We met at a party full of those types of people who have money. Don’t even ask how I came to be there, as I have none. I mean, I get by like most people, but I am certainly not an heiress.
Somehow between the house party and the club we exchanged numbers. He seemed like a cultured person, intelligent, and well travelled, and he claimed to be a TV personality, what the Japanese like to call a “tarento” – taken from the English word “talent,” though what exactly their talents may be could be hotly debated.
We had a coffee date the following week, near the izakaya that inspired Quentin Tarantino for the set in “Kill Bill” apparently.
I had the strangest sensation in the pit of my stomach. As I sat opposite him, sipping my latte, I could feel every single fibre in my body telling me “RUN! RUN AWAY NOW!”
Perhaps it was the fact that he hugged me when he saw me, even though he didn’t know me and it was the first time we were meeting to talk properly, and contemplated me quite lasciviously (ok maybe the lascivious part was in my head), like a trophy, before deciding I met his standards and he pronounced me “Beautiful.”
Either way it was quite a struggle to sit there looking calm, I can tell you.
“Do you believe in love at first sight?”
“Umm, I don’t actually.” (Bloody hell, how old is he?? Do women actually fall for this pap in the 21st century?)
“Because I think it might be love at first sight for me with you.”
I think I just gaped at him with my mouth open in the most unattractive manner. What do you say to that?
“No. I believe there can be lust at first sight, but not love,” I said cautiously.
He seemed to think that was hilarious.
It got worse. He told me about his “theory,” how Japanese girls care too much about what their mothers say and listen to them too much, about how they are always in little cliques, where the leader is always the pretty one, and the other two aren’t as pretty but they want to be friends with the pretty girl, and that they always end up backstabbing and undermining each other. He pointed out a group of three girls sat nearby and applied his theory to them. Pop psychology to the max methinks.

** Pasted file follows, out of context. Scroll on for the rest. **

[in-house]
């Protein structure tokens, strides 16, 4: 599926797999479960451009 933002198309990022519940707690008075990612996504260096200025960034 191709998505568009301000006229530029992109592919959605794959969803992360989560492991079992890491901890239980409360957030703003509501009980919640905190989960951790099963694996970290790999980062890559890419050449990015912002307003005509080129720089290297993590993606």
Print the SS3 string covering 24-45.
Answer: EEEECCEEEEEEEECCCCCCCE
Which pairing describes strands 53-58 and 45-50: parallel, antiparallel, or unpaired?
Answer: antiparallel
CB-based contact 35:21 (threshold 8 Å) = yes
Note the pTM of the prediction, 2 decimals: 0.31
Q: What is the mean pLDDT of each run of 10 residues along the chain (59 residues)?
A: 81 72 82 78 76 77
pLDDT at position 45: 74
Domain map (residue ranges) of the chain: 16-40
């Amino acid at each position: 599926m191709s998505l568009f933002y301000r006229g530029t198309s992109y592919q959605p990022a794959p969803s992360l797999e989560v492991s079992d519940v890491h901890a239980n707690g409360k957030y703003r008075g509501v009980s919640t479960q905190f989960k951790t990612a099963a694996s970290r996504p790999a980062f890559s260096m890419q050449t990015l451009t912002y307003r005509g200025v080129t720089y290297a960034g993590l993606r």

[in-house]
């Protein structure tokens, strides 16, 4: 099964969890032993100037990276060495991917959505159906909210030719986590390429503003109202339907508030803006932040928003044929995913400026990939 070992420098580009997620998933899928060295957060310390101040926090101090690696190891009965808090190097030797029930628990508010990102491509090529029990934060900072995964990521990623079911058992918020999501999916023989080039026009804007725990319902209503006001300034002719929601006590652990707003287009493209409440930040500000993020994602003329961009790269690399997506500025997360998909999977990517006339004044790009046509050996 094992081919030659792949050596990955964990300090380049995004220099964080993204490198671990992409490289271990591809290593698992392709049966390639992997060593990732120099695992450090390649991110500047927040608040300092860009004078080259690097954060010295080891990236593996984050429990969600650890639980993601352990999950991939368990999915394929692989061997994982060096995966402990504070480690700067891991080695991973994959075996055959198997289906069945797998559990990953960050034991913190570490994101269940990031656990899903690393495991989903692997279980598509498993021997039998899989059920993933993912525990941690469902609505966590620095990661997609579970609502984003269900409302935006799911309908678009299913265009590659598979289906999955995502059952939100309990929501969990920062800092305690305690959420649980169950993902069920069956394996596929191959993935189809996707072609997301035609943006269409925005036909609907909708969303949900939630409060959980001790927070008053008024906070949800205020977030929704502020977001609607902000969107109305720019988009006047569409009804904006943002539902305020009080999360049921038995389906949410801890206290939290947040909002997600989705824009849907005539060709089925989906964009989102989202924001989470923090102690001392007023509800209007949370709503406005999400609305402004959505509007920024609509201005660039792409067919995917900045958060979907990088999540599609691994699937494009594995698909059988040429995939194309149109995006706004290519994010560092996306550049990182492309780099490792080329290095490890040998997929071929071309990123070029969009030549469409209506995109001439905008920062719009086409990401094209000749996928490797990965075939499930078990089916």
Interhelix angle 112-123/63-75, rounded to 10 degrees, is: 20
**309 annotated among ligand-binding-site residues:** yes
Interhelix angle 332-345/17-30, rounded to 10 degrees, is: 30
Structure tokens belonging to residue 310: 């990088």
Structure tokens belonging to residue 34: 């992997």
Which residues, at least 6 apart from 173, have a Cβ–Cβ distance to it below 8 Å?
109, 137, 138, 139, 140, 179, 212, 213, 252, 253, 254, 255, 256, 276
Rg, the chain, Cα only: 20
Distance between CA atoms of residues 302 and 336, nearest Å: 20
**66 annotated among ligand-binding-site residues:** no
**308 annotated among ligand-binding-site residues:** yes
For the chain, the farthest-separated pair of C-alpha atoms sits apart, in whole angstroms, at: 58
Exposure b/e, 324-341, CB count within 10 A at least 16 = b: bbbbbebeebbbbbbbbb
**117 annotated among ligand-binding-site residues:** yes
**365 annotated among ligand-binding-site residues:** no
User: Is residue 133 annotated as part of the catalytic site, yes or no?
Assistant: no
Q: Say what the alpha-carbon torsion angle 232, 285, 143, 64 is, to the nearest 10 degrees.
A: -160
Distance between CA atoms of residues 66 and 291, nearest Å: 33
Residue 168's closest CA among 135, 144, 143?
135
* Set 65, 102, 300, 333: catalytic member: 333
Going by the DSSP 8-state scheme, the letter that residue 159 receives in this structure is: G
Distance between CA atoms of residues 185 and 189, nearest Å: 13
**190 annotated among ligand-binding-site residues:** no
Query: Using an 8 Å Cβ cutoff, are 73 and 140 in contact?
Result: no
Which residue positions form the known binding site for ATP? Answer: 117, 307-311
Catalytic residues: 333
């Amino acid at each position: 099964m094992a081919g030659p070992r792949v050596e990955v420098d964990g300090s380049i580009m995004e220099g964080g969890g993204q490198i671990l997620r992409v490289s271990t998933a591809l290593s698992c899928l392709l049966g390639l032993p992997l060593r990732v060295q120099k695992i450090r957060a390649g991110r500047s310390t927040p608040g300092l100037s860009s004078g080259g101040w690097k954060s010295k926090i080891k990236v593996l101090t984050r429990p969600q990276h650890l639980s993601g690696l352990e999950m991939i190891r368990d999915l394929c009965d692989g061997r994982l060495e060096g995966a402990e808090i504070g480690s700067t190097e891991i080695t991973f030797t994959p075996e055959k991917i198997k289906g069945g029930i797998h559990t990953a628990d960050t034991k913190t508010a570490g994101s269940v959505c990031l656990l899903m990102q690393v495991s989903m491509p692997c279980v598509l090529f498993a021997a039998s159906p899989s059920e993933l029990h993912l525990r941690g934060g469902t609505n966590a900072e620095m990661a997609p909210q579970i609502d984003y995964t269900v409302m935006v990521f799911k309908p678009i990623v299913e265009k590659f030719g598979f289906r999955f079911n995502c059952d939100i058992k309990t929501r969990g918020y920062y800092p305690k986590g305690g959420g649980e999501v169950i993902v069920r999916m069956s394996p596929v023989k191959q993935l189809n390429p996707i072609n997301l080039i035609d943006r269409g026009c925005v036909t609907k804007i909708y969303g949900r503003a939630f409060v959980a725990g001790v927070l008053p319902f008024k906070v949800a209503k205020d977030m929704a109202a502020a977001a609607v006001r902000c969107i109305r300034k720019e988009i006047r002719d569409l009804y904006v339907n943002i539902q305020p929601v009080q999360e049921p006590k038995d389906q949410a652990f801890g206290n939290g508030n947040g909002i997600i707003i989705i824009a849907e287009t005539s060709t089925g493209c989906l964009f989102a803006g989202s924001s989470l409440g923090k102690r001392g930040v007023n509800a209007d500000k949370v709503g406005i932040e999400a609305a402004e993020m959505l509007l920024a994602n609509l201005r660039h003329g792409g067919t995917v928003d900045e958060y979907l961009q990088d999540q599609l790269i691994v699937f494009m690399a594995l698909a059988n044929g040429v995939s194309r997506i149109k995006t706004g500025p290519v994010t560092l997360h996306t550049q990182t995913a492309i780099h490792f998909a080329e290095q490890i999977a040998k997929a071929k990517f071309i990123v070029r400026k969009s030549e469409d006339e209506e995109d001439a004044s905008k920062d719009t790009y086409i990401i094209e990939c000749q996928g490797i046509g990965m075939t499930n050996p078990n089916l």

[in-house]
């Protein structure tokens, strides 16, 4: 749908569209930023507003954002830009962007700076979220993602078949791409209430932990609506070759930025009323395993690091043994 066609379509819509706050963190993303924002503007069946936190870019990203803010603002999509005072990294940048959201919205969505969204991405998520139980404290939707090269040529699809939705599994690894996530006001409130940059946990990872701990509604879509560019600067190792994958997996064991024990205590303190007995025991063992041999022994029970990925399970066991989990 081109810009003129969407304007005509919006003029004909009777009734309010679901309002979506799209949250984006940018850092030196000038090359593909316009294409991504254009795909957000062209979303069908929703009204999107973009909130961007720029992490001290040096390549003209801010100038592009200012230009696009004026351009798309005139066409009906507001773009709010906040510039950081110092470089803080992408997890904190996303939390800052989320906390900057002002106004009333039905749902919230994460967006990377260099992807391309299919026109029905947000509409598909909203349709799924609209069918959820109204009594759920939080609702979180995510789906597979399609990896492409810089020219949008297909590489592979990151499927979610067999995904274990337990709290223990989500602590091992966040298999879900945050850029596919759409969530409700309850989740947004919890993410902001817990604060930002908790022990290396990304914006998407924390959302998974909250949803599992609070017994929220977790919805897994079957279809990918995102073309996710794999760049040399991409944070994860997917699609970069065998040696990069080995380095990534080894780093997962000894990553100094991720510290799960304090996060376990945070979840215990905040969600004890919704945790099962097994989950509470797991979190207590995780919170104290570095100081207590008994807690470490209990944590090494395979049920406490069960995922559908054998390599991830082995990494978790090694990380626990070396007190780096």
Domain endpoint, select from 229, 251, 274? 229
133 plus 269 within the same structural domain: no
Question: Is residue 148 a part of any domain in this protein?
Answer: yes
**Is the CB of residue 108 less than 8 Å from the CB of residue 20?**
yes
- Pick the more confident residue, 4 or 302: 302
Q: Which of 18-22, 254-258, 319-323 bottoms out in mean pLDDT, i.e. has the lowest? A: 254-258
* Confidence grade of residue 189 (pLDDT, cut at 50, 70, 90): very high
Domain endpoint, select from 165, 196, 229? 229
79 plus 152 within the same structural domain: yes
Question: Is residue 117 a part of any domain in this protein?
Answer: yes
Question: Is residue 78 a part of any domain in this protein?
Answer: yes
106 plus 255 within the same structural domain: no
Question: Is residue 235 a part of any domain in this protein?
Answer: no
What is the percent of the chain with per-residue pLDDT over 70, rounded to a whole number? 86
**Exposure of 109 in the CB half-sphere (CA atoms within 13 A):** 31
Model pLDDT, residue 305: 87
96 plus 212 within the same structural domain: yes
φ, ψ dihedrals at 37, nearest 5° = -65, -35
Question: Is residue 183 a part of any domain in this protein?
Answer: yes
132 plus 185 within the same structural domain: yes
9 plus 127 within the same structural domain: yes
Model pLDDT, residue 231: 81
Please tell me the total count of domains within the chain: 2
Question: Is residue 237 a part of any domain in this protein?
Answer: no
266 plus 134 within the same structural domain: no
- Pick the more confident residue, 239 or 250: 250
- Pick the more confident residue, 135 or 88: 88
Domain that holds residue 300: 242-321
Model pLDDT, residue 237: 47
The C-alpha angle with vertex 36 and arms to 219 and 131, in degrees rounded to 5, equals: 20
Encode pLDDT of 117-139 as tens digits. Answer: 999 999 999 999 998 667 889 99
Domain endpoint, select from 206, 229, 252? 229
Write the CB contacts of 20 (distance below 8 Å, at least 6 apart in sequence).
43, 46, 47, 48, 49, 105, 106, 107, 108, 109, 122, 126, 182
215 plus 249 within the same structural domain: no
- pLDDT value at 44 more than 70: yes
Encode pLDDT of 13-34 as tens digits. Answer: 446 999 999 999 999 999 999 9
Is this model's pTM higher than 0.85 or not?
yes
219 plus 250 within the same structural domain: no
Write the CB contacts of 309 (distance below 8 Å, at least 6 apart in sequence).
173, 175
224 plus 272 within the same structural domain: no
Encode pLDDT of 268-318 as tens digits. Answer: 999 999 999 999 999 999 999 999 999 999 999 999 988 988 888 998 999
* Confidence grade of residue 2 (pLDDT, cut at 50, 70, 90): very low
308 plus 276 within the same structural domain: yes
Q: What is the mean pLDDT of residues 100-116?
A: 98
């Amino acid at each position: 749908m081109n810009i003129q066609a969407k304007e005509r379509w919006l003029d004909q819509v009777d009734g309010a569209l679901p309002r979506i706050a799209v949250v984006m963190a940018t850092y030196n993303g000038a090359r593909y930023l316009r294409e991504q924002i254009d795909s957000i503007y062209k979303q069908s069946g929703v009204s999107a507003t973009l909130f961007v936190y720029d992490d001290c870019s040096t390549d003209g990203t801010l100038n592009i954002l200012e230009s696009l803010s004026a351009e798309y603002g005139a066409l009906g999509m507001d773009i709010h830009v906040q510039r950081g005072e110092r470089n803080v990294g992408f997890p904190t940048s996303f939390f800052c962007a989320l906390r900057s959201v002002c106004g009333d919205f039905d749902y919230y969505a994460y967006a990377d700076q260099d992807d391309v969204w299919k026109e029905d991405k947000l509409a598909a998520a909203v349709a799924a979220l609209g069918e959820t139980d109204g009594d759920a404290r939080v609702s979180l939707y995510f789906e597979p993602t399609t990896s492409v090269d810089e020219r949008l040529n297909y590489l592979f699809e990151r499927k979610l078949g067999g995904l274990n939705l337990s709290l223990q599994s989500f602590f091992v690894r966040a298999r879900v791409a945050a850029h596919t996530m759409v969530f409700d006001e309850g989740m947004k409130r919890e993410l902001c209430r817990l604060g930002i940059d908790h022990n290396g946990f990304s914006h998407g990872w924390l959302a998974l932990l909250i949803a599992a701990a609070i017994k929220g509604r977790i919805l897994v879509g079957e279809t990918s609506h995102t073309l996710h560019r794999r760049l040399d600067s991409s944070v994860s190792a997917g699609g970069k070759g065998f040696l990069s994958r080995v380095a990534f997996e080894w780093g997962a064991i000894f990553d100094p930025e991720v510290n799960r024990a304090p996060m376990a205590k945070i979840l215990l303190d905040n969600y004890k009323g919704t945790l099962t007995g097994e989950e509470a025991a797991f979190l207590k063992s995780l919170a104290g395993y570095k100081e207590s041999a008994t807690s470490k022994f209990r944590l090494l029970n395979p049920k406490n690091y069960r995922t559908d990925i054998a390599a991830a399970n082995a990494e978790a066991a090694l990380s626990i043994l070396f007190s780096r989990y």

It made me feel quite sick to tell you the truth. And he was claiming to be interested in studying gender issues. If you want to study gender, that’s fine, but why are you speaking for women? Let women speak for themselves. He didn’t even seem to realise that the cause of a lot of the things he was pointing out is the patriarchal structure of society. He was so infuriating. A quack, self-styled intellectual on gender issues, who wants to popularise naked sushi. Right. I can take you so seriously.
Anyway, I managed to make it though the so-called date.
I met him twice again – don’t ask me why. I do stupid things all the time.
Constantly name-dropping (“Ken will be there, Ken Watanabe, you know him right?”), and claiming to be on TV and having released a hit rap song, after tea one evening he invited me to a party for an artist friend of his from Hawaii at the Grand Hyatt in Roppongi. We hailed a taxi and once we were settled in the back seat, he grabbed my hand.
WHAT??? What on earth made him think he should or could do that?! Simply meeting him again? Well, he kissed me on the cheek when he saw me just before, so why should I be surprised?
He started playing with my fingers and making out with the back of my hand. Ok, making out implies there was drool everywhere, and that’s gross. He was just planting light, feathery kisses on it. Happy? I was freaked out and tried to stiffen my hand without pulling it away entirely – it would give offence, right?